Local economic impact of coronavirus already in the millions

The Winterguard International (WGI) Color Guard World Championships began Thursday with schools from around the country competing locally. Ola High School, from McDonough, GA, took the floor at the Nutter Center in the preliminary rounds. The competition continues through April 14 and is also taking place at theUniversity of Dayton Arena and the Cintas Center at Xavier University.
The Winterguard International (WGI) Color Guard World Championships began Thursday with schools from around the country competing locally. Ola High School, from McDonough, GA, took the floor at the Nutter Center in the preliminary rounds. The competition continues through April 14 and is also taking place at theUniversity of Dayton Arena and the Cintas Center at Xavier University.

Credit: Lisa Powell

Credit: Lisa Powell

The economic impact as a result of the coronavirus pandemic has been immediate, with billions lost because of cancelled events, a nosediving stock market and economic panic.

As for the future, economists and local business owners told the Dayton Daily News it’s hard to predict, but several factors point to a possible recession.

“It’s going to be a hell of a ride,” said Chris Riegel, chief executive of Dayton-based digital sign and global customer technology company Stratacache.

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Two of the Dayton region’s biggest events — the First Four and the Winterguard championships — were cancelled last week. Both events brought nearly $25 million to the Dayton region in past years. That coincided with financial markets bleeding wealth last week in the billions of dollars.

And the coronavirus is posing a greater threat to the U.S. economy as the outbreak shifts from a short-term headache for travel and manufacturing companies into a broader crisis that’s prompting many Americans to hunker down and limit their day-to-day activities.

That’s extending the pandemic’s reach into nearly every corner of commerce as many consumers avoid large gatherings of people in places such as movie theaters, malls, restaurants and sporting events.

“Sometimes as a macro-economist, we have a really a clear view of what’s happening with the economy,” said Bill Adams, a PNC Bank economist. “This is not one of those times.”

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PNC is still issuing economic forecasts, Adams said, but with the all-important caveat that uncertainty right now is very high.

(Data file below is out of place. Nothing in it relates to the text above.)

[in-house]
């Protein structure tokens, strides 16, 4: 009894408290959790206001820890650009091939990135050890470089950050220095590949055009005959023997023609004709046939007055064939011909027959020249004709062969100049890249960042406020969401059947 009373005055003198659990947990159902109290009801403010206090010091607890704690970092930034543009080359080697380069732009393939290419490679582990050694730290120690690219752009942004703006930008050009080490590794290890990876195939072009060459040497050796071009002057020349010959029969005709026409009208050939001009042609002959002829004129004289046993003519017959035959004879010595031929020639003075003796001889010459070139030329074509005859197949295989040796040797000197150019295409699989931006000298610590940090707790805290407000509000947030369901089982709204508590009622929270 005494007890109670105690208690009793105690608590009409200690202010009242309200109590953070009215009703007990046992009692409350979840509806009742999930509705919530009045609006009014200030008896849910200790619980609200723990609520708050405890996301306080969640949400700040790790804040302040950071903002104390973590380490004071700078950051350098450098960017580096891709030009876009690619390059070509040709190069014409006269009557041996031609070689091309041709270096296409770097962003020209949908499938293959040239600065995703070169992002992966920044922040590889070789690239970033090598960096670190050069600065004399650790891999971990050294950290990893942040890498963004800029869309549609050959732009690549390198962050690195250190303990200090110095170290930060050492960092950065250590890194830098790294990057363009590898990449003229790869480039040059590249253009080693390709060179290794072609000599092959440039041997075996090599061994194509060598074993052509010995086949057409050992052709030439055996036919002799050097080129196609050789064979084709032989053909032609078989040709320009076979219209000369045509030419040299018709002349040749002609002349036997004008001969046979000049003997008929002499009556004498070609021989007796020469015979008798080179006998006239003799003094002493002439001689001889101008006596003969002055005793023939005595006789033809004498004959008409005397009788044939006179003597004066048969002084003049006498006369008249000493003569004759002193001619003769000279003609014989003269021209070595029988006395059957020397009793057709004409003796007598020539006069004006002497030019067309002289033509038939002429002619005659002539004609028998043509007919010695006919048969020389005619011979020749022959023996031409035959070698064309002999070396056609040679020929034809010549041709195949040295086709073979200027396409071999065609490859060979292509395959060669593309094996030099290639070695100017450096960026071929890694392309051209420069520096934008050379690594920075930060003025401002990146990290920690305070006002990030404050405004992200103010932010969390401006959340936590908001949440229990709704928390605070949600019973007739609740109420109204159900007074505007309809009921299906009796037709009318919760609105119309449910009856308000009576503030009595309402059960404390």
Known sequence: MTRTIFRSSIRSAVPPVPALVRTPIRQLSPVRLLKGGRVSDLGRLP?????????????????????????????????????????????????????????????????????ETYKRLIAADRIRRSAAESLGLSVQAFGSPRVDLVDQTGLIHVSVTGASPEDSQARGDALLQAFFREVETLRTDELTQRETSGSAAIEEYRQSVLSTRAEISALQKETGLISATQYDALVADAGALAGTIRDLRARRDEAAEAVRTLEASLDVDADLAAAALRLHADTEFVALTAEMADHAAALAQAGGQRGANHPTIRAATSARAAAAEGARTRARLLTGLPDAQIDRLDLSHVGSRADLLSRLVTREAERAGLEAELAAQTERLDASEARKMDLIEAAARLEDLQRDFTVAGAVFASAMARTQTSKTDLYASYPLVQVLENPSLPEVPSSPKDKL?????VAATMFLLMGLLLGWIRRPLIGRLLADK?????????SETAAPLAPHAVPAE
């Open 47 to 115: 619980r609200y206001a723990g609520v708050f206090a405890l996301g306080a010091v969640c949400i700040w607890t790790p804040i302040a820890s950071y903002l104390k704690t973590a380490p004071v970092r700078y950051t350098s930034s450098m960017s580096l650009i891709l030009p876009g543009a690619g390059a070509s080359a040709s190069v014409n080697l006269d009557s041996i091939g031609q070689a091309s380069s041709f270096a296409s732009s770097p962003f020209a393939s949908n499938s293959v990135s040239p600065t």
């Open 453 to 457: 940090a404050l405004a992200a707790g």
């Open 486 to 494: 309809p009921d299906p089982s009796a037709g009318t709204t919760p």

“The risk of a recession is the highest it has been since 2009,” Adams said. “But a recession is not assured.”

If the COVID-19 outbreak is contained relatively quickly, if there is a strong fiscal response by the federal government and if stimulus measures are underway that support the economy, it’s possible the nation will avoid a recession, he said.

“But that’s a lot of ‘ifs,’”Adams added.

Cancelled Hoopla

The First Four games and surrounding events would have brought an estimated economic impact of $4.6 million in direct spending in local businesses, hotels, and restaurants, said Jacquelyn Powell, president and CEO of the Dayton Convention & Visitors Bureau.

WGI championships brought 60,000 visitors and almost $20 million in revenue over the two weekends.

But local officials are wary of saying this will be how much the region will lose. A JobsOhio spokesman referred questions about the possible economic impact to Gov. Mike DeWine’s office.

Nationally, the news is grimmer. Travel and trade shows are being cancelled. Oil prices are dropping and investors are fleeing into bonds.

At the moment, travel, leisure and transportation are the sectors of the economy most likely to be impacted, said David Kudla, a Dayton native and founder and chief executive of Grand Blanc, Mich.’s Mainstay Capital Management.

At the Port of Los Angeles last week, 145 drivers were laid off and others were sent home without pay as ships from China stopped arriving, the Stars and Stripes newspaper reported. Travel agencies in Atlanta and Los Angeles shed workers as bookings ceased, the newspaper reported.